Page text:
What does plaque look like?

What does plaque look like? My infant daughter has a yellow rim on her teeth by her gums. Is this plaque? I brush her teeth but she doesn't want me to do it for very long. I don't know if I am doing a good enough job.

I also have a question about the kind of sippy cup she uses. She has a no-spill cup that she sometimes takes to bed with her. She also carries it around quite a bit during the day. Will drinking from this kind of cup harm the way her teeth are forming?

Question:

Plaque is usually a clear, white, or sometimes yellow soft buildup on the teeth which can be removed by brushing, flossing or wiping the teeth. Tartar is the hardened form of plaque and is usually white, yellow or brown. Once tartar has formed, it cannot be brushed away. It must be scrapped off by a dentist or hygienist. For a great color photo of plaque and tartar on a dog's canine tooth, see the article on Veterinary Dentistry by Dr. Verstraete at http://www.smiledoc.com/dentist/pets.html.

Try to brush your daughter's teeth. If it is plaque, you should at least be able to move it around on her teeth. If it won't budge, it is probably tartar. To have tartar removed at her young age can be tricky. Dentists don't like to see tartar remain on teeth too long because it harbors plaque, is an irritant to the gum tissue, and can become more difficult to remove the longer it remains on the teeth.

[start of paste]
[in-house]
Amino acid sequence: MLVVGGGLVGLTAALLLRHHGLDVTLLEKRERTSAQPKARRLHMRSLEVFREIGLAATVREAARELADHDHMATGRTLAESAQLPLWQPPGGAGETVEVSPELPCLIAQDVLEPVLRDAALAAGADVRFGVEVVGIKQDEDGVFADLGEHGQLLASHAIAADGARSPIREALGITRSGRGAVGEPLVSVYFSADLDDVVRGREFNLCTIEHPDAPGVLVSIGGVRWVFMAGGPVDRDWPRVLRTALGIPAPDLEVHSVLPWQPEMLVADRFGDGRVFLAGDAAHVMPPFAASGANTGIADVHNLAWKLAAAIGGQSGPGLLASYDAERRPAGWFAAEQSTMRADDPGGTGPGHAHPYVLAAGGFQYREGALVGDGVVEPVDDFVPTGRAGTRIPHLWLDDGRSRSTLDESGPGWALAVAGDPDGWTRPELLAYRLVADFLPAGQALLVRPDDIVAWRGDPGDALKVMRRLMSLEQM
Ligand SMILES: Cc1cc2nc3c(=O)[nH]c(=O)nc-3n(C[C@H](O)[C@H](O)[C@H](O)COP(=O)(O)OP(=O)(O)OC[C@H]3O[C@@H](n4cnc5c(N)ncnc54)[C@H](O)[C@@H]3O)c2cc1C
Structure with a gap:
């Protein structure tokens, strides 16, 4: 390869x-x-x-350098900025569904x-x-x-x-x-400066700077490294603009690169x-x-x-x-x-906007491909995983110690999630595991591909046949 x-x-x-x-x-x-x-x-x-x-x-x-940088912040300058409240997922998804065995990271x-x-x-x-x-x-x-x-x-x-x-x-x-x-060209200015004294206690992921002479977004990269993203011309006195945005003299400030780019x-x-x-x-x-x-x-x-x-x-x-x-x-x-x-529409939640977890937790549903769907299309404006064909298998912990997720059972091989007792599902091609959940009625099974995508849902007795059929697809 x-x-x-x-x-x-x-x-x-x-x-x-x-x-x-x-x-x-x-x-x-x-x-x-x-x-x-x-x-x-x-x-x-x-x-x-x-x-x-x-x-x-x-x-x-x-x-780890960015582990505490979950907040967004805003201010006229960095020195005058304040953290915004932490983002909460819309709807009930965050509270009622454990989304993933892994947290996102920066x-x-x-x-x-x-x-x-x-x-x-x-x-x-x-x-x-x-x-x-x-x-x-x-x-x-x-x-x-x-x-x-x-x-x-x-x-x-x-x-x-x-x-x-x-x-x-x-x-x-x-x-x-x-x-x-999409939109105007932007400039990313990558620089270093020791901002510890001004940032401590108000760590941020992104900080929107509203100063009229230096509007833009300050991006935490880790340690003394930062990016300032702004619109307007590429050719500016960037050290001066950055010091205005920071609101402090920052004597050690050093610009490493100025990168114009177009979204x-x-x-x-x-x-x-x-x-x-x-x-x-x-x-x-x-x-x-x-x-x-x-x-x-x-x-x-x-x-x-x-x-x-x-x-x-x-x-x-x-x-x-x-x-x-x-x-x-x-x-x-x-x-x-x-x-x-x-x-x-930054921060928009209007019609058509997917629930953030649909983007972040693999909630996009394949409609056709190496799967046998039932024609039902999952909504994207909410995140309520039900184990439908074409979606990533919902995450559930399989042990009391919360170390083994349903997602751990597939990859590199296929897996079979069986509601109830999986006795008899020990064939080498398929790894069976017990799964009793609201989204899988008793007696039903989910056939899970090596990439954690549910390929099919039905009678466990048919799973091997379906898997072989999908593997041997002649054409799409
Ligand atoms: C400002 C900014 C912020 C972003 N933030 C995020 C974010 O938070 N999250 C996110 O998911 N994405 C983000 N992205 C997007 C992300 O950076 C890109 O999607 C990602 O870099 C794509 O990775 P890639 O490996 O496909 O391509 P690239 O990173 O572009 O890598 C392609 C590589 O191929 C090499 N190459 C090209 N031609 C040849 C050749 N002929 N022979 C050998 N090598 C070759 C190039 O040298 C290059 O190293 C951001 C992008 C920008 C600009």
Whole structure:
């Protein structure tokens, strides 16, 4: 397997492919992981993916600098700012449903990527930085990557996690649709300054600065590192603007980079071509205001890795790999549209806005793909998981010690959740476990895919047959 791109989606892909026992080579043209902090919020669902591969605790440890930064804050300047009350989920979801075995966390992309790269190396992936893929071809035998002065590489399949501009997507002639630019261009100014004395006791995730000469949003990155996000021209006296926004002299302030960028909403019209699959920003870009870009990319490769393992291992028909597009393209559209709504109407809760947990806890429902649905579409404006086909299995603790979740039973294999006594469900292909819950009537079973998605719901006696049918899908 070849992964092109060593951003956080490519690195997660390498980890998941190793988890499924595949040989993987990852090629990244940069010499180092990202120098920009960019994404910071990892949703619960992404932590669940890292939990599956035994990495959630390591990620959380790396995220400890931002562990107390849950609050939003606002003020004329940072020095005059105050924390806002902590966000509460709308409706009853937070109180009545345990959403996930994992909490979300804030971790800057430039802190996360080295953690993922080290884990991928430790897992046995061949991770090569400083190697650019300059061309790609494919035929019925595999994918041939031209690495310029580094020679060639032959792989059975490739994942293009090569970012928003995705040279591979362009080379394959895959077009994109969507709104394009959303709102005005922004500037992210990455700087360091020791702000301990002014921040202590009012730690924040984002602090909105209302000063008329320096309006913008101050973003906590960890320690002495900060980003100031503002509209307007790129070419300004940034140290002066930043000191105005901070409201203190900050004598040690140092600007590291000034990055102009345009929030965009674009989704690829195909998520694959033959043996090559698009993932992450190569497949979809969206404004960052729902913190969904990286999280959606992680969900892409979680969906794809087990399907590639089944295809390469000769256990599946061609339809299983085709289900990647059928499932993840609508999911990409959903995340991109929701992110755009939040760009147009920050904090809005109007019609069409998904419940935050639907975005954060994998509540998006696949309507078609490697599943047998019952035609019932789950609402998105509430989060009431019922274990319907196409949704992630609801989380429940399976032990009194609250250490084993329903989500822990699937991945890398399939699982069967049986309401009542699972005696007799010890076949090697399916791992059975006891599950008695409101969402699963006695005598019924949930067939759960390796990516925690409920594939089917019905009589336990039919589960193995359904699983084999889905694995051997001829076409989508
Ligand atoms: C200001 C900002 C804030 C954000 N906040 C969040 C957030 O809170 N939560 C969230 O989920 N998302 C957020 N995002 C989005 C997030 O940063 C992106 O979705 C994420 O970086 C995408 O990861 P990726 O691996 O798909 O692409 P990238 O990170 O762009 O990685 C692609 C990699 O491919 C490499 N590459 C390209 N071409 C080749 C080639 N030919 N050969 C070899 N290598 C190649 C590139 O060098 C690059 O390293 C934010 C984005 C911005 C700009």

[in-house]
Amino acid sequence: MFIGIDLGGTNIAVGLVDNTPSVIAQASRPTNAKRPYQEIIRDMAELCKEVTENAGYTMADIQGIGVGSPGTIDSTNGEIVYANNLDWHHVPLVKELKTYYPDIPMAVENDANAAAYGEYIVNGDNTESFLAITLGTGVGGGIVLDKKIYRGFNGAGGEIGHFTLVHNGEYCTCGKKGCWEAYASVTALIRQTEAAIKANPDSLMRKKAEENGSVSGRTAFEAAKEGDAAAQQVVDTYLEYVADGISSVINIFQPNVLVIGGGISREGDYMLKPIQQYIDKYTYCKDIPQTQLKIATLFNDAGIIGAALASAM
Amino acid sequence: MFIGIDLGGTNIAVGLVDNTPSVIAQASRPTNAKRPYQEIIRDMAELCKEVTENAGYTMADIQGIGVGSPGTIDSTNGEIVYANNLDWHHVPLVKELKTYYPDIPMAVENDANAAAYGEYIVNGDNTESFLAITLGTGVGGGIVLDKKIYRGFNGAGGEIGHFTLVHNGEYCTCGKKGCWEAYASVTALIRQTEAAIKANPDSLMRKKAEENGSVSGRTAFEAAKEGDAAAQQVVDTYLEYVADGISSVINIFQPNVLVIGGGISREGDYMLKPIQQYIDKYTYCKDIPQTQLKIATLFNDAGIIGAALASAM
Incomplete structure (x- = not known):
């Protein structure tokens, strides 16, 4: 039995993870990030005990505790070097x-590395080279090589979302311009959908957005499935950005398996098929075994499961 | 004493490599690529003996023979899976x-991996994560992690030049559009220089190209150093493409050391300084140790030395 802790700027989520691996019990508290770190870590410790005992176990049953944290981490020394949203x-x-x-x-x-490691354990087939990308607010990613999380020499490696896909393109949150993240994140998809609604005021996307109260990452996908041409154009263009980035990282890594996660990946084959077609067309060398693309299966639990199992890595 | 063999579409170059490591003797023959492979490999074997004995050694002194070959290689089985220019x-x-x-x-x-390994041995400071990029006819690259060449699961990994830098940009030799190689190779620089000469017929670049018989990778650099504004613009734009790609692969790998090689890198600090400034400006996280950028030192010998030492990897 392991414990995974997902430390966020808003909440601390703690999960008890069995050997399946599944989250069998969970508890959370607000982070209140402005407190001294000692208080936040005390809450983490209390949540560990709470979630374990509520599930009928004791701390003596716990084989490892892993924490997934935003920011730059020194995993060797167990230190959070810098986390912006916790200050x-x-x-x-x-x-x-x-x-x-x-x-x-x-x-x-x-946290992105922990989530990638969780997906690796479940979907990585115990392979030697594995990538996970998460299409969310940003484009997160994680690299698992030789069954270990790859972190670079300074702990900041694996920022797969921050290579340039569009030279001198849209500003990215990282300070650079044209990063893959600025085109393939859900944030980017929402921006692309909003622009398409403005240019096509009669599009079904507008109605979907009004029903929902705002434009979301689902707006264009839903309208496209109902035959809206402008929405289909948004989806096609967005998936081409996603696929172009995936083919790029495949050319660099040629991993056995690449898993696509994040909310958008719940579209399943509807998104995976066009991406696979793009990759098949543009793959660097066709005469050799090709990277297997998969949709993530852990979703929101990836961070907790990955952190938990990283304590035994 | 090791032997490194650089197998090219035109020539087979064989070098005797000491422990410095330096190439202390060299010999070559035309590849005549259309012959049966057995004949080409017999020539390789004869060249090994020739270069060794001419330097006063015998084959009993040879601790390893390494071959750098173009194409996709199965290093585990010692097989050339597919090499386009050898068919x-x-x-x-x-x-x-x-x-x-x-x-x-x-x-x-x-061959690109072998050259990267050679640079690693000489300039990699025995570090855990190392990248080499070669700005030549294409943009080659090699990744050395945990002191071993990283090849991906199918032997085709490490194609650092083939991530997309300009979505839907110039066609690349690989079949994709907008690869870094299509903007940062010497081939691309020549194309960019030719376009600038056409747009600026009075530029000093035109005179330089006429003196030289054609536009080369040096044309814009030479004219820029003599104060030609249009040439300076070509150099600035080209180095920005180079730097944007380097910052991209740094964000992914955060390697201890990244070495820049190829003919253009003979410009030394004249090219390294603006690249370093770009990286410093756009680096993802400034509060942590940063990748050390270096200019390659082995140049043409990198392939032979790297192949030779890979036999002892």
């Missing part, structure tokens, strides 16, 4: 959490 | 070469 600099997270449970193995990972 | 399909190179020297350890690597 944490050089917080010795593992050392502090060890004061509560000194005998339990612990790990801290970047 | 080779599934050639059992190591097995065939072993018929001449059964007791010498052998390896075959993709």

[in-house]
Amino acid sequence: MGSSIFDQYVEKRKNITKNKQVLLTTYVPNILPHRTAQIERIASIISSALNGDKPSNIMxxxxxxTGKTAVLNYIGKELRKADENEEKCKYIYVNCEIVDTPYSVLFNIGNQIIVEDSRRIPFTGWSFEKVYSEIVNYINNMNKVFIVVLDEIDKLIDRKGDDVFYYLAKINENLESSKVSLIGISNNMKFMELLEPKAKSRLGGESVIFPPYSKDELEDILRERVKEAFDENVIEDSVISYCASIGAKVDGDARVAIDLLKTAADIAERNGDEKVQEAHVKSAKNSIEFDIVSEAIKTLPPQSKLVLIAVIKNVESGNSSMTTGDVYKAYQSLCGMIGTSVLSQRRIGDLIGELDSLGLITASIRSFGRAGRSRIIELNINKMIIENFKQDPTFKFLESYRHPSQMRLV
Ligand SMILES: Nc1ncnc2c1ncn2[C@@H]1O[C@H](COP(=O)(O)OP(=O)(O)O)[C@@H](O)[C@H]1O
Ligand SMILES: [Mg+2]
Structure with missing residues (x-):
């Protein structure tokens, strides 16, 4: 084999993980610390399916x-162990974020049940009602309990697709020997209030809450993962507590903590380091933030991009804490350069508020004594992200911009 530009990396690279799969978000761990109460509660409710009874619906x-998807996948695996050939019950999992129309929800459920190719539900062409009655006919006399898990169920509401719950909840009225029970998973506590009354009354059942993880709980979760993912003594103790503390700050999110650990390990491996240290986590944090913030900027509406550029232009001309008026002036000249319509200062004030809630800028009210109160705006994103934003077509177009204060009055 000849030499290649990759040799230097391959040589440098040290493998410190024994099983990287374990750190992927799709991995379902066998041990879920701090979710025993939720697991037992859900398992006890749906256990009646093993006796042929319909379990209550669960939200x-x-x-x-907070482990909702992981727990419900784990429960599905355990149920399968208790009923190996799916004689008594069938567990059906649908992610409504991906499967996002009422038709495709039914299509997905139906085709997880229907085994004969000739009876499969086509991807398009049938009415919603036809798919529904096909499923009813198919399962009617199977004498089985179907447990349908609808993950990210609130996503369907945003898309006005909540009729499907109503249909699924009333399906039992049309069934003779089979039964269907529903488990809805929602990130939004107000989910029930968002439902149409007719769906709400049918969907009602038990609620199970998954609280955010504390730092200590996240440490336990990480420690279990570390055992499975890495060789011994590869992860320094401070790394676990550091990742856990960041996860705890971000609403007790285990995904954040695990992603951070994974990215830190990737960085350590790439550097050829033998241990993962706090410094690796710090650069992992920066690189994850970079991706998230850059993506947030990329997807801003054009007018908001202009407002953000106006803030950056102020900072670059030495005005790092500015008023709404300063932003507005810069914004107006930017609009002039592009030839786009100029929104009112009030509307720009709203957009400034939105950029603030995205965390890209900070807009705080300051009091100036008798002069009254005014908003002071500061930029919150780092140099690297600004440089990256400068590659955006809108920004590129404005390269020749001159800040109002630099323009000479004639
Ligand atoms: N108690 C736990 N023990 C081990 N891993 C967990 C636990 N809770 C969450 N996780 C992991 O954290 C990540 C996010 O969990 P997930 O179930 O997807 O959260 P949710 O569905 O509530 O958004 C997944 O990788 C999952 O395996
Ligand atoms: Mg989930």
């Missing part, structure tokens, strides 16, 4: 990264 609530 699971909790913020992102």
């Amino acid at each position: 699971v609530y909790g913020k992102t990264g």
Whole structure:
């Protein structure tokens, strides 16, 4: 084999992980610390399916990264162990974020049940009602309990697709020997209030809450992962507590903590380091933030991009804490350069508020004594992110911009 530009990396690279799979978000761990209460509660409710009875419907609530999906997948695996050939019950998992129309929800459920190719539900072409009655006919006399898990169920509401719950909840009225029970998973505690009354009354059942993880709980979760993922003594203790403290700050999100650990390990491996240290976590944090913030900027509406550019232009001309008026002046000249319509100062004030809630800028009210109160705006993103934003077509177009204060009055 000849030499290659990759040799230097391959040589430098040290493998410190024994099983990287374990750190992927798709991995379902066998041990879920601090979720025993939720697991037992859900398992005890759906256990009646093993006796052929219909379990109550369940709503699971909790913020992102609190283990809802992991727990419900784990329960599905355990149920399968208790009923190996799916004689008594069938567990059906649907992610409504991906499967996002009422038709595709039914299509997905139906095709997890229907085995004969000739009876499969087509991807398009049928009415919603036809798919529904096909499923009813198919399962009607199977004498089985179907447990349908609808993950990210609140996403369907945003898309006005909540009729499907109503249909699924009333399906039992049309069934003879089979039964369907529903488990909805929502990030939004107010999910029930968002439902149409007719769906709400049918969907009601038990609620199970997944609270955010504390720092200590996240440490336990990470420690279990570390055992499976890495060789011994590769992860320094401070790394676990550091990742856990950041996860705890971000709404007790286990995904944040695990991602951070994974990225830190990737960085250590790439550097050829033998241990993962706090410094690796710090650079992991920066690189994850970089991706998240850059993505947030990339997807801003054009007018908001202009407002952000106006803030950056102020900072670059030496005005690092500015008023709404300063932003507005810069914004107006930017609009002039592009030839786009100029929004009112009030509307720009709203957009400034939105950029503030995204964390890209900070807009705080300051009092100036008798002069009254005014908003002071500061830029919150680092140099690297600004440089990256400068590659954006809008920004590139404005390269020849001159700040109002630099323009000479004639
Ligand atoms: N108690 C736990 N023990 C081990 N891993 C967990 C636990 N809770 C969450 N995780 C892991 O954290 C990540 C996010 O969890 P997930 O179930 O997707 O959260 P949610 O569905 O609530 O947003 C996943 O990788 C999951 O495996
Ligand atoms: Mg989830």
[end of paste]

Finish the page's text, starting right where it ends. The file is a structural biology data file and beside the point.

I recommend either scheduling an appointment for an exam or, if you have an appointment coming up, call your dentist to see if he or she would do a quick exam on your daughter too. Then you can discuss options, including a referral to a children's dentist (i.e. pedodontist) if deemed necessary.

With regards to the sippy cup, it is less likely to cause damage to the development of teeth and jaws than a pacifier, a bottle, a thumb, or a finger because your daughter is able to apply a relatively less significant sucking force to the cup. However, she should not have the cup constantly in her mouth. If she is moving with the cup in her mouth (running, walking or crawling), she may fall and injure a tooth or jam the cup up into her palate. For these reasons, she should be discouraged from carrying the cup when she moves.

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